The surface of the Moon contains enough oxygen to supply 8 billion people on Earth for 100,000 years, according to scientists.
In October, the Australian Space Agency and NASA signed an agreement to send an Australian-made rover to the Moon under NASA’s Artemis Moon exploration program, with the goal of collecting rocks the ability to generate oxygen on the Moon.
Although the Moon has an atmosphere, it is very thin and made up mostly of hydrogen, neon, and argon. It’s not a gaseous compound that can sustain oxygen-dependent mammals like humans.
However, scientists say that there is actually a lot of oxygen on the Moon, just not in the gaseous form. Instead, it is trapped inside the regolith – the layer of rock and fine dust that covers the Moon’s surface. If we can extract oxygen from regolith, it could potentially support human life on the Moon.Oxygen can be found in many minerals around us on Earth. While the Moon is mainly made of the same rocks as on Earth.
Minerals such as silica, aluminum, iron oxide and magnesium oxide make up the majority of the Moon. All of these minerals contain oxygen, but not in a gaseous form that the human lungs can breathe.
On the Moon, these minerals exist in a number of different forms including hard rock, dust, gravel, and surface rock. This material is the result of impacts from countless meteorites hitting the surface of the Moon over many millennia.
Some call the moon’s surface layer “earth,” but some scientists doubt this. The earth as we know it is quite magical, and it is only found on Earth. It was created by the activity of many millions of years by a variety of organisms on the “mother material of the earth” – regolith, which is derived from hard rock.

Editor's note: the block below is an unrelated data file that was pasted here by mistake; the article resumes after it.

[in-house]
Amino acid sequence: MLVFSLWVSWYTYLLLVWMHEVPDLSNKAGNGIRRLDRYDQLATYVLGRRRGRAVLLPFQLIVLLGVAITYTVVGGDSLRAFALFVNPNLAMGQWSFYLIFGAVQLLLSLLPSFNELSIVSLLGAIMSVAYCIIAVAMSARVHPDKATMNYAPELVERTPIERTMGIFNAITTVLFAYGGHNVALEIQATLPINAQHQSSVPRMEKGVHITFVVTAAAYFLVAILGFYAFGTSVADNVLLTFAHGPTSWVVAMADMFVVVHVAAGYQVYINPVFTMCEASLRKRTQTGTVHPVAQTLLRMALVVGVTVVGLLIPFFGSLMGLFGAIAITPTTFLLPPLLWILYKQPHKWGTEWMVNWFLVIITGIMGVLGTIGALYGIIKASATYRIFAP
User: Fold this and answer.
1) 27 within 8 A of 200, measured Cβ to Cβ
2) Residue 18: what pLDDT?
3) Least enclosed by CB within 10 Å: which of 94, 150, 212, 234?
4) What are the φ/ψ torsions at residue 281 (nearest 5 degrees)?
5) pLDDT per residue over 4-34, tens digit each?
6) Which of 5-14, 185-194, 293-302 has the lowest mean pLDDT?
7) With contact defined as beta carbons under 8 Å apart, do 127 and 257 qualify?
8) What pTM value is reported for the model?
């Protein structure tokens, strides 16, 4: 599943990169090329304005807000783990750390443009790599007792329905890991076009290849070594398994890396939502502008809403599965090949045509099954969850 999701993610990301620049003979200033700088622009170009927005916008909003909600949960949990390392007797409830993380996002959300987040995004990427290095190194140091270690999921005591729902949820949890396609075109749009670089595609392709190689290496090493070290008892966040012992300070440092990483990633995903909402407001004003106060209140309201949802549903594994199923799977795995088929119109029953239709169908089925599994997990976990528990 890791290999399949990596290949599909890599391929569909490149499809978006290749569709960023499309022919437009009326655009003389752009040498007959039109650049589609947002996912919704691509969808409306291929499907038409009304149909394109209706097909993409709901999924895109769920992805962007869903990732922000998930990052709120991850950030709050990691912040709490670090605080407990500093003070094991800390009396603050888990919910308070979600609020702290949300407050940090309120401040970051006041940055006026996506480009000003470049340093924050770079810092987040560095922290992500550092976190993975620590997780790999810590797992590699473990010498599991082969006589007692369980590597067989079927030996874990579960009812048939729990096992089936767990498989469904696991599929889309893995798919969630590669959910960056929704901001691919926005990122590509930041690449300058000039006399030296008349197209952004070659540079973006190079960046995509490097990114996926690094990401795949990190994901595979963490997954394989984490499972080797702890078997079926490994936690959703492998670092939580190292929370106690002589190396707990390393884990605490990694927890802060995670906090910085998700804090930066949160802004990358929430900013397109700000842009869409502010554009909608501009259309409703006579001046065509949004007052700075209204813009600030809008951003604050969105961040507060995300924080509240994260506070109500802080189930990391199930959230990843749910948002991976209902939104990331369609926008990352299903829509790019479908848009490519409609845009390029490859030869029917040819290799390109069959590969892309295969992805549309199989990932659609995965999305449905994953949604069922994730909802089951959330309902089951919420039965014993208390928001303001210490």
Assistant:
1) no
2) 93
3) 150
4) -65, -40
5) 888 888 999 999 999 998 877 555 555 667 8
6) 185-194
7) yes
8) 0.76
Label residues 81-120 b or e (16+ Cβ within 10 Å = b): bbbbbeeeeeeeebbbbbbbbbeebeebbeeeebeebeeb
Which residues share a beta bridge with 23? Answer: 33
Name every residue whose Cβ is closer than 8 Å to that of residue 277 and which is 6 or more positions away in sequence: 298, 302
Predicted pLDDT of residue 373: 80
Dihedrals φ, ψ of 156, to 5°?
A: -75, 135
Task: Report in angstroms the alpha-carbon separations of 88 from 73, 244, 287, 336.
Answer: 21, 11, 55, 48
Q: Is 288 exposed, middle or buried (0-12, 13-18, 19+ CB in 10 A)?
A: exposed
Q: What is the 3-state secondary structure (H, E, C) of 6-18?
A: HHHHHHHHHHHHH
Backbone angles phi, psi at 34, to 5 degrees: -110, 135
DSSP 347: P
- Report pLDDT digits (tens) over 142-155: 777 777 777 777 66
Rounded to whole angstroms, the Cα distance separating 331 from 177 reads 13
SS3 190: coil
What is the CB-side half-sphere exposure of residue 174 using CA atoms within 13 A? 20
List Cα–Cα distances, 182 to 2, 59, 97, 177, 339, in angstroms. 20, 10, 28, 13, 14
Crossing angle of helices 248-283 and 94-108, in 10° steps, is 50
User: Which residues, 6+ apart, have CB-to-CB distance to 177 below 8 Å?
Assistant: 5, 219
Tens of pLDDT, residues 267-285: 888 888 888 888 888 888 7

The result was a matrix of minerals that were not present in the original rock. Earth’s soil has remarkable physical, chemical, and biological characteristics. While the material on the Moon’s surface is basically in its pristine form.The Moon’s Regolith is made up of about 45% oxygen. But that oxygen is tightly bound to the minerals mentioned above. Breaking those strong bonds takes a lot of effort.
And one method that should be used is electrolysis. As an example of the electrolysis process used in aluminum production, an electric current is passed through a liquid form of aluminum oxide (commonly known as alumin) through electrodes, to separate the aluminum from the aluminum. oxygen.
In this case, oxygen is produced as a byproduct. In the same process on the Moon, oxygen will be the main product and aluminum (or other metal) extracted will be a by-product.It’s a fairly simple process, but there is one difficulty: it takes a lot of energy. To be sustainable, this process needs to be supported by solar energy or other energy sources available on the Moon.
Extracting oxygen from the regolith will also require industrial equipment, but moving the necessary equipment to the Moon – and generating enough energy to operate it – will be a major challenge.
In early 2021, Belgium-based Space Application Services startup announced that it was building three experimental reactors to improve oxygen generation by electrolysis. They are expected to send the technology to the Moon by 2025, part of the European Space Agency’s (ESA) In-situ Resource Use (ISRU) mission.If the mission is successful, and humans can indeed extract oxygen on the Moon, the question is how much oxygen can the Moon provide?
If we ignore the amount of oxygen present in the deeper hard rock material of the Moon, and consider only the easily accessible regolith on the surface, we can easily make an estimate.
Each cubic meter of the Moon contains an average of 1.4 tons of minerals, including about 630kg of oxygen. NASA says humans need to breathe about 800 grams of oxygen per day to survive. So, 630kg of oxygen will help a person live for about 2 years or more.
Let’s say the average depth of the regolith on the Moon is about 10m and we can extract all the oxygen from there. That means the top 10 meters of the Moon’s surface will provide enough oxygen to support all of the 8 billion people on Earth for the next 100,000 years. This is an impressive number.
This also depends on how efficiently we manage to extract and use oxygen on the Moon.